James J. McGinnis, Benjamin L. Long, Thomas B. Moreland Porter, Jr., all of Philadelphia, for appellant.
High, Swartz, Flynn & Roberts and Gilbert P. High, all of Norristown, for appellee.
Before Rhodes, P. J., and Hirt, Reno, Dithrich, Ross, Arnold and Gunther, JJ.
[ 170 Pa. Super. Page 560]
Appellant contends that the court below erred in entering upon him an order for support of his wife 'without first finding that the defendant had neglected to maintain' her. He submits 'that the primary question in the instant case is not what sum the court should enter as an order, but whether it has power under the evidence to enter an order in any sum.'
The proceeding having been instituted by the issuance of an information under § 733 of the Act of June 24, 1939, P.L. 872, 18 P.S. § 4733, and counsel for the parties having stipulated of record that 'The question to be determined by the Court is whether the defendant * * * has neglected 'to maintain his wife' * * *' -- the question of whether he had separated himself from her 'without reasonable cause' not being at issue -- appellant
[ 170 Pa. Super. Page 561]
argues that the trial court must find as a fact that the defendant has neglected to maintain his wife before it can enter an order on him for her support.
In the words of Knight, P. J., for the court en banc: 'We are not aware that in cases of this kind the hearing judge or the Court en banc is required to make findings of fact.' Nor are we aware that it is error for the court to 'substitute its judgment for that of the husband' as to what constitutes neglect 'to maintain', as provided by the Penal Code. Appellant advances the bizarre thesis that 'the learned court below had no power * * * to substitute its judgment for that of the husband * * * as the basis of an order of support and erred when it did so.'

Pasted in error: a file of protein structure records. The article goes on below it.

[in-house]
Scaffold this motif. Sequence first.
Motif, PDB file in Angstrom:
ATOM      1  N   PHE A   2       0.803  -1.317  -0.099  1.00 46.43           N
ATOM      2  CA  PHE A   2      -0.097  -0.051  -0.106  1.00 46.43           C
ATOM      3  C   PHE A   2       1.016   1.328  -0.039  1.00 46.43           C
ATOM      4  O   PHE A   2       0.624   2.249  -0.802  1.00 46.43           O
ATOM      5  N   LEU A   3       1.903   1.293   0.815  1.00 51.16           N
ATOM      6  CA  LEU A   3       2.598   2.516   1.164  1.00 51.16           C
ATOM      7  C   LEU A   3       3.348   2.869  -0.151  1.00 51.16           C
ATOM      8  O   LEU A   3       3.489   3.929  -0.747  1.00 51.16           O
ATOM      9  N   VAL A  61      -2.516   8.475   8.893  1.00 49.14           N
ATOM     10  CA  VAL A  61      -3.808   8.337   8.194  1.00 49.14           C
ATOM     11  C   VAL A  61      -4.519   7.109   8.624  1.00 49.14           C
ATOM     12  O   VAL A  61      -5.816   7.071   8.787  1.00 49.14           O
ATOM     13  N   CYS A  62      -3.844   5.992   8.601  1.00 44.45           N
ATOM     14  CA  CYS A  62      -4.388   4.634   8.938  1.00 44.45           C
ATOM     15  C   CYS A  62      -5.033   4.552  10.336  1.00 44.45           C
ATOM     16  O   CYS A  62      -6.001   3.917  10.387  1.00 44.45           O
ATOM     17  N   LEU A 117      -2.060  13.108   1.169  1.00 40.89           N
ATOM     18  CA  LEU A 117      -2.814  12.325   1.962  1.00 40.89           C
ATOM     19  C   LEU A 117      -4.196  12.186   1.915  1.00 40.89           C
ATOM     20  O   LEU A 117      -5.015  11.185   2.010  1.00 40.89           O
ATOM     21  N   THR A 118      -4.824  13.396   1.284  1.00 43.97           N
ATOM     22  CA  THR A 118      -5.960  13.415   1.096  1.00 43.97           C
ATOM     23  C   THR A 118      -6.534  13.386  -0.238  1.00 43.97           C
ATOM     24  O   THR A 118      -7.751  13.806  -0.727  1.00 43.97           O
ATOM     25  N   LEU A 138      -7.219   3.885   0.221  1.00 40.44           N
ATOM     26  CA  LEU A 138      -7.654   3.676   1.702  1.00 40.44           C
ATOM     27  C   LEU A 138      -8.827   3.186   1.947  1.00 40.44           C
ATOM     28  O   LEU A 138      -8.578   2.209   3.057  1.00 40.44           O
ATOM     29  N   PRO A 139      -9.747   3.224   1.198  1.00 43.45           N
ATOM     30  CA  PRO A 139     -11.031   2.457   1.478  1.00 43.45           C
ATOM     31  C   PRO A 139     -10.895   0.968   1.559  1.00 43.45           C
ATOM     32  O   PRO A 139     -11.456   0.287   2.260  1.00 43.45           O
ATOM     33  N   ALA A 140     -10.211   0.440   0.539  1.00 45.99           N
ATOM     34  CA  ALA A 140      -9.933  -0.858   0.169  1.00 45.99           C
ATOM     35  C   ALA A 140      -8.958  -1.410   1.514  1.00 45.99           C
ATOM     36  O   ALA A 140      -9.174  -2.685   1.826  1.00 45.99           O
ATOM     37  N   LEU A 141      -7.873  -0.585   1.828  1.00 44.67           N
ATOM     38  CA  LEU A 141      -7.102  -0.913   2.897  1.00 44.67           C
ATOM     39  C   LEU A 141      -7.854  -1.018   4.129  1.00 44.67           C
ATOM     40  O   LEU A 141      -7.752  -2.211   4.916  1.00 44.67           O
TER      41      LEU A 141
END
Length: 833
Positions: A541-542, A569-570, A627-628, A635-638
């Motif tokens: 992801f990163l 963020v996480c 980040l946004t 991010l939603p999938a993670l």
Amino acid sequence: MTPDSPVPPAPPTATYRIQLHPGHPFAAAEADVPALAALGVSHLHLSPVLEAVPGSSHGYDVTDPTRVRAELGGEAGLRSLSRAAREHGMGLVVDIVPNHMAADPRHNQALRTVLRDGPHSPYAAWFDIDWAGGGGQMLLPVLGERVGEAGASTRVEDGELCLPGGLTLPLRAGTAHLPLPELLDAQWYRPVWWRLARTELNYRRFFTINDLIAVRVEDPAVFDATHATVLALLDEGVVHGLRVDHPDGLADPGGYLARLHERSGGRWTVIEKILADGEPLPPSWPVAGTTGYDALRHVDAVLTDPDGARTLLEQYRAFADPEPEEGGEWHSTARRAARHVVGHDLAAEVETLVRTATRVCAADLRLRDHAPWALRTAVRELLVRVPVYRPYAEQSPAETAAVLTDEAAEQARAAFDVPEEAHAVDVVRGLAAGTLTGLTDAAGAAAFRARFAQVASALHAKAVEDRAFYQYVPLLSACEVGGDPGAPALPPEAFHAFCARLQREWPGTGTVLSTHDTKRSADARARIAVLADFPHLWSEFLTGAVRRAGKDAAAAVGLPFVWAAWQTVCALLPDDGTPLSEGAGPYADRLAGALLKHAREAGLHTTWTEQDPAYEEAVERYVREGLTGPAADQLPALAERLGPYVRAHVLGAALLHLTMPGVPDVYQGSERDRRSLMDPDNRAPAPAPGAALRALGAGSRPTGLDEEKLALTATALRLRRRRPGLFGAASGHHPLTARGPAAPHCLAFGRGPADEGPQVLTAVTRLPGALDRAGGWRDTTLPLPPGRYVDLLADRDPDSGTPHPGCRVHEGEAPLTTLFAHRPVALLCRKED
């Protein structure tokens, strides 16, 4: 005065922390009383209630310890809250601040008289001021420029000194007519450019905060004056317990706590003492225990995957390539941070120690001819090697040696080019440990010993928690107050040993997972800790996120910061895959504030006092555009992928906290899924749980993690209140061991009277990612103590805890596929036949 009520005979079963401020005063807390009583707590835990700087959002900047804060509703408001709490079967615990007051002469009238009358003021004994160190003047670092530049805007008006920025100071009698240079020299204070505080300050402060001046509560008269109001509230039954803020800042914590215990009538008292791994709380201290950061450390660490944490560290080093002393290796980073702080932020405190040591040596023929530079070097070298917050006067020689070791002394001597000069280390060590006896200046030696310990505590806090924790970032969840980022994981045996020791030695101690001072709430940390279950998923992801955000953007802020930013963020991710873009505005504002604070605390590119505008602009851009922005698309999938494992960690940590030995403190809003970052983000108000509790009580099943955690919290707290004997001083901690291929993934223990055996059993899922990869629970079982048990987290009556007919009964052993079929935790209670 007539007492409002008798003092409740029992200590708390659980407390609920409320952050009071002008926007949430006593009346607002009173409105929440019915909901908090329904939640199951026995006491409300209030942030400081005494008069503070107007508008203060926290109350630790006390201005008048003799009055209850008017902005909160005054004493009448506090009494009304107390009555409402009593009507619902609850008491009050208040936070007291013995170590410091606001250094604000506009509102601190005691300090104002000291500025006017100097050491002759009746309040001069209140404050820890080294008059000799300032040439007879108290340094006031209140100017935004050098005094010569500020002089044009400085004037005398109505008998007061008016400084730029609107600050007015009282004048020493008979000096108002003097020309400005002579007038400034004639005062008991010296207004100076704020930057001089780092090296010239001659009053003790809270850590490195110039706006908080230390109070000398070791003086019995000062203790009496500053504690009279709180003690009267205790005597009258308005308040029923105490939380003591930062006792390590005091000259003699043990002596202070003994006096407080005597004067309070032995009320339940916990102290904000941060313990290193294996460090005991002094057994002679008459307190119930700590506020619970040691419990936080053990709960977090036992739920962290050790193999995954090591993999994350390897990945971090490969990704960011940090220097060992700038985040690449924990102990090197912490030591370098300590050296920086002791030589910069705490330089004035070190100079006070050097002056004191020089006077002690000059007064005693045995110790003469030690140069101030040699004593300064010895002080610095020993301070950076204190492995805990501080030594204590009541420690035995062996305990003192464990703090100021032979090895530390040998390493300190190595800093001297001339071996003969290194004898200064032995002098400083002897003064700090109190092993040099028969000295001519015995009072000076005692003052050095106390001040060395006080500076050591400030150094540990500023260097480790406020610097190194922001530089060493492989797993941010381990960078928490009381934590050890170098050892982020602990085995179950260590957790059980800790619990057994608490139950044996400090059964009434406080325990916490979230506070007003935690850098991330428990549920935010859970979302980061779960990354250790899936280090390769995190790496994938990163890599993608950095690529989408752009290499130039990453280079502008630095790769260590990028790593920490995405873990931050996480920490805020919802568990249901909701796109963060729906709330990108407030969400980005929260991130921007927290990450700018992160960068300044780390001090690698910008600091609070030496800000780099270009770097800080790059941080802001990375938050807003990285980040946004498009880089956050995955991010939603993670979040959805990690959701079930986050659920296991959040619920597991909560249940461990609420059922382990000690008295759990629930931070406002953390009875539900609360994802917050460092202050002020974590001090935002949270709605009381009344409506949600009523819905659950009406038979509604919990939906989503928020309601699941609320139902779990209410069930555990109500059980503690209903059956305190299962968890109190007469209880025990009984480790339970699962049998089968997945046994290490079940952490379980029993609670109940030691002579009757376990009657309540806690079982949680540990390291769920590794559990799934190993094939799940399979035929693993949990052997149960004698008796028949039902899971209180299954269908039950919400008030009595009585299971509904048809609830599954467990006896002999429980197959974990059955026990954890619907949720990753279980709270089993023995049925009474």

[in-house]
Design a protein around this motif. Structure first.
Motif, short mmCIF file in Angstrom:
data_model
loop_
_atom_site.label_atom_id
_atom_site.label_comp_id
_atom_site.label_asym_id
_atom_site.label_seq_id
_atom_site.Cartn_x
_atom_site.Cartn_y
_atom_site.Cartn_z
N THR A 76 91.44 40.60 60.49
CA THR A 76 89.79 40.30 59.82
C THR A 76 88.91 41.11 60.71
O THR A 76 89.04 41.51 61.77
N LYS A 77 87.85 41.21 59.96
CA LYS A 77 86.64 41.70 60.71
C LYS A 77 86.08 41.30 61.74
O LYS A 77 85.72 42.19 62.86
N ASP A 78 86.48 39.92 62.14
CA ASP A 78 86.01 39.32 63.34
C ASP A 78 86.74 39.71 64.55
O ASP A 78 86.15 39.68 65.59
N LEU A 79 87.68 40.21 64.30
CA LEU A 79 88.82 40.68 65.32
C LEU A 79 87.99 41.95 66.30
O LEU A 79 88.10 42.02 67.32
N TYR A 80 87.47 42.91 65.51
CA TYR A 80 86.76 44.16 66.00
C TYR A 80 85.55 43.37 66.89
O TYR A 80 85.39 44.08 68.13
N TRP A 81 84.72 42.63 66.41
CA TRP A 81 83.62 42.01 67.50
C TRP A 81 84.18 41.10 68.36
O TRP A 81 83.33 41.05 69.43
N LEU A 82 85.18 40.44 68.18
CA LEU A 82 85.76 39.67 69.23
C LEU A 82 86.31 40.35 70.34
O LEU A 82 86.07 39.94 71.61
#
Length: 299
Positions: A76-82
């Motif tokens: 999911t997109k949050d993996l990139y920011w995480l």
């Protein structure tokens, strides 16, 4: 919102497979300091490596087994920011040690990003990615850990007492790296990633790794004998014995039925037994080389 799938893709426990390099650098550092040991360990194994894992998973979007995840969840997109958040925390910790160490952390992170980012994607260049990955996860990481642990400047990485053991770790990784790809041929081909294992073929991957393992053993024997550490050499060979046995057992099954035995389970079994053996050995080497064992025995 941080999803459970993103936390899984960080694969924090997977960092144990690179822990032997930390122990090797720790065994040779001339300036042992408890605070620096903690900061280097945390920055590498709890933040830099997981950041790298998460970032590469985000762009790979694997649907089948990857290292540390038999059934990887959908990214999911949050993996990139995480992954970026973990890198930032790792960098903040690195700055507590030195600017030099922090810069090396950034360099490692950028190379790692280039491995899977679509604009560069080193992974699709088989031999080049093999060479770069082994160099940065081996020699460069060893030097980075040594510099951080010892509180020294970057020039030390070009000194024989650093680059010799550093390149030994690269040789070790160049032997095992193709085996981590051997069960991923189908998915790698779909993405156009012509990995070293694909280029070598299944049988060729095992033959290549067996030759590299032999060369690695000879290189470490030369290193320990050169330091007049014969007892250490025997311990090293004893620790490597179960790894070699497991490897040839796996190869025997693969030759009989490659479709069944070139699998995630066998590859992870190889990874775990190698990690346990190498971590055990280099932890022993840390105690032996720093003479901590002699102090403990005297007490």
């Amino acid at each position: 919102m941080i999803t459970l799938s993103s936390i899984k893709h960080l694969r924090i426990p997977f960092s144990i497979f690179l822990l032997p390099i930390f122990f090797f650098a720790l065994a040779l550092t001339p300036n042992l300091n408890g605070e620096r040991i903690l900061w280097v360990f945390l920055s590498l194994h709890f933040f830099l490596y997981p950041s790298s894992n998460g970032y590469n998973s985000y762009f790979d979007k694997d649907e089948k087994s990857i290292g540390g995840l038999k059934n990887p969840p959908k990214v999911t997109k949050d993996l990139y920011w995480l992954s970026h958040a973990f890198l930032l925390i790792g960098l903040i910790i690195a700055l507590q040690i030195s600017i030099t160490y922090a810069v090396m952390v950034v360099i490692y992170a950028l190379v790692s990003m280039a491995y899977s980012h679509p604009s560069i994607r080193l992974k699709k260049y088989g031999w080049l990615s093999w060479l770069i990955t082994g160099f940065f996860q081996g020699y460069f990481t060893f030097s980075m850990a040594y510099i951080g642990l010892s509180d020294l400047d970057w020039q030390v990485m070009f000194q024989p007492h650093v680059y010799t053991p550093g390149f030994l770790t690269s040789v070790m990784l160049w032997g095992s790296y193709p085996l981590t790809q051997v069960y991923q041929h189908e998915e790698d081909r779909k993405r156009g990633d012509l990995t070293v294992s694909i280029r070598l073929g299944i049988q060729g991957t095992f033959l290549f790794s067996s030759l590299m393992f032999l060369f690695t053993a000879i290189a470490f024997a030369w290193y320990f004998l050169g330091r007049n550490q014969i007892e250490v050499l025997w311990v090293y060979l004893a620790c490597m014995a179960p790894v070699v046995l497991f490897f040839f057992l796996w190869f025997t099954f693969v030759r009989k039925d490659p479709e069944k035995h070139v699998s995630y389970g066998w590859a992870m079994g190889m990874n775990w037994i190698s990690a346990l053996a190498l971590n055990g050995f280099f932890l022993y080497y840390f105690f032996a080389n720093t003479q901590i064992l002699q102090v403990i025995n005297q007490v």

Section 733 of the Penal Code, supra, provides in part that 'The said court [of quarter sessions], after hearing in a summary proceeding, may order the person against whom complaint has been made, being of sufficient ability, to pay such sum as said court shall think reasonable and proper for the comfortable support and maintenance of the said wife * * *.' (Emphasis added.)
As stated in Commonwealth v. George, 358 Pa. 118, 122, 123, 56 A.2d 228, 230: 'Section 733 of the Criminal Code, supra, is to be distinguished from Section 731 * * * in that the purpose of the latter is punishment for failure to support a wife or children, whereas the former, with which we are here concerned, was not to punish the husband, but to secure reasonable allowance for support of the wife and family consonant with the husband's property, income, earning capacity, and the family's condition in life. Jones v. Jones, 348 Pa. 411, 415, 416, 35 A.2d 270; Commonwealth ex rel. ...